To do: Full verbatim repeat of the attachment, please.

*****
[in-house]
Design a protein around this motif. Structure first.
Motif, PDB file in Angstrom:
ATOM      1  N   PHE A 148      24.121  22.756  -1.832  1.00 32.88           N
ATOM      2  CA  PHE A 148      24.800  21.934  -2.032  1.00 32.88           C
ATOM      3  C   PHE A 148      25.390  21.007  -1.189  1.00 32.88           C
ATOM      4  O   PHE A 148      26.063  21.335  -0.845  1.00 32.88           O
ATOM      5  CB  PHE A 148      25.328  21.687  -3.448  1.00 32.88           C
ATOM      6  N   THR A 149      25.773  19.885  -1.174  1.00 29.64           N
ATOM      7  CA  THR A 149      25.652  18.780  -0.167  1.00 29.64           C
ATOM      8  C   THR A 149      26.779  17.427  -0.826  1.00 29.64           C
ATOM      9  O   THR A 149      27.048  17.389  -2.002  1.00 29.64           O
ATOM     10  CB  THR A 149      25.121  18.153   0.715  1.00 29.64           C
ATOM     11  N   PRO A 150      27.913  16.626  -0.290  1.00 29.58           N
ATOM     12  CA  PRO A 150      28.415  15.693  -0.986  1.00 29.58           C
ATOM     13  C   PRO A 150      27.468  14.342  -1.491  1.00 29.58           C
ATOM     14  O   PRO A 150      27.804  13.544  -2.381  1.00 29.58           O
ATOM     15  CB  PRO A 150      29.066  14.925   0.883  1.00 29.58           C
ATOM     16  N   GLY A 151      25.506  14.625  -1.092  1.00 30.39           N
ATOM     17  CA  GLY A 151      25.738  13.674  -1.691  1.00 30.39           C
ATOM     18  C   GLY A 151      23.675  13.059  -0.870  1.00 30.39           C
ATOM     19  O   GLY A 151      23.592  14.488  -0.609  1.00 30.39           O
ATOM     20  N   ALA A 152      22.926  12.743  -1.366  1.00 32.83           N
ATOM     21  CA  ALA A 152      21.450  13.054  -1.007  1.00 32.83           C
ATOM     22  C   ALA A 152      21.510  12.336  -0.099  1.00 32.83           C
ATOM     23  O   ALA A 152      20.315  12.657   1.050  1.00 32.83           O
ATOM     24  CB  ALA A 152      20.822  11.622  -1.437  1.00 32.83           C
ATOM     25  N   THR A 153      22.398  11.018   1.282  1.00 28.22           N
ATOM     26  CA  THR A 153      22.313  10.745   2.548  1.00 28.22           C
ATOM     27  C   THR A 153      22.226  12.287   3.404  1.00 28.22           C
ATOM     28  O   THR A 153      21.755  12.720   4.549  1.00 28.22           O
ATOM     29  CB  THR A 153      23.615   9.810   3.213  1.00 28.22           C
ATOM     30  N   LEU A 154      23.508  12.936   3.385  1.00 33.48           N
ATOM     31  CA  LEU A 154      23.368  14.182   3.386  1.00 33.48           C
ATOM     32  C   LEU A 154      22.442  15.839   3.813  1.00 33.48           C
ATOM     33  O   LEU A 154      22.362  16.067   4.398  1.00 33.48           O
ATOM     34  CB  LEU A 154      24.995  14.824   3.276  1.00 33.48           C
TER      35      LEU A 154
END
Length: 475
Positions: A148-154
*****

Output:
[in-house]
Design a protein around this motif. Structure first.
Motif, PDB file in Angstrom:
ATOM      1  N   PHE A 148      24.121  22.756  -1.832  1.00 32.88           N
ATOM      2  CA  PHE A 148      24.800  21.934  -2.032  1.00 32.88           C
ATOM      3  C   PHE A 148      25.390  21.007  -1.189  1.00 32.88           C
ATOM      4  O   PHE A 148      26.063  21.335  -0.845  1.00 32.88           O
ATOM      5  CB  PHE A 148      25.328  21.687  -3.448  1.00 32.88           C
ATOM      6  N   THR A 149      25.773  19.885  -1.174  1.00 29.64           N
ATOM      7  CA  THR A 149      25.652  18.780  -0.167  1.00 29.64           C
ATOM      8  C   THR A 149      26.779  17.427  -0.826  1.00 29.64           C
ATOM      9  O   THR A 149      27.048  17.389  -2.002  1.00 29.64           O
ATOM     10  CB  THR A 149      25.121  18.153   0.715  1.00 29.64           C
ATOM     11  N   PRO A 150      27.913  16.626  -0.290  1.00 29.58           N
ATOM     12  CA  PRO A 150      28.415  15.693  -0.986  1.00 29.58           C
ATOM     13  C   PRO A 150      27.468  14.342  -1.491  1.00 29.58           C
ATOM     14  O   PRO A 150      27.804  13.544  -2.381  1.00 29.58           O
ATOM     15  CB  PRO A 150      29.066  14.925   0.883  1.00 29.58           C
ATOM     16  N   GLY A 151      25.506  14.625  -1.092  1.00 30.39           N
ATOM     17  CA  GLY A 151      25.738  13.674  -1.691  1.00 30.39           C
ATOM     18  C   GLY A 151      23.675  13.059  -0.870  1.00 30.39           C
ATOM     19  O   GLY A 151      23.592  14.488  -0.609  1.00 30.39           O
ATOM     20  N   ALA A 152      22.926  12.743  -1.366  1.00 32.83           N
ATOM     21  CA  ALA A 152      21.450  13.054  -1.007  1.00 32.83           C
ATOM     22  C   ALA A 152      21.510  12.336  -0.099  1.00 32.83           C
ATOM     23  O   ALA A 152      20.315  12.657   1.050  1.00 32.83           O
ATOM     24  CB  ALA A 152      20.822  11.622  -1.437  1.00 32.83           C
ATOM     25  N   THR A 153      22.398  11.018   1.282  1.00 28.22           N
ATOM     26  CA  THR A 153      22.313  10.745   2.548  1.00 28.22           C
ATOM     27  C   THR A 153      22.226  12.287   3.404  1.00 28.22           C
ATOM     28  O   THR A 153      21.755  12.720   4.549  1.00 28.22           O
ATOM     29  CB  THR A 153      23.615   9.810   3.213  1.00 28.22           C
ATOM     30  N   LEU A 154      23.508  12.936   3.385  1.00 33.48           N
ATOM     31  CA  LEU A 154      23.368  14.182   3.386  1.00 33.48           C
ATOM     32  C   LEU A 154      22.442  15.839   3.813  1.00 33.48           C
ATOM     33  O   LEU A 154      22.362  16.067   4.398  1.00 33.48           O
ATOM     34  CB  LEU A 154      24.995  14.824   3.276  1.00 33.48           C
TER      35      LEU A 154
END
Length: 475
Positions: A148-154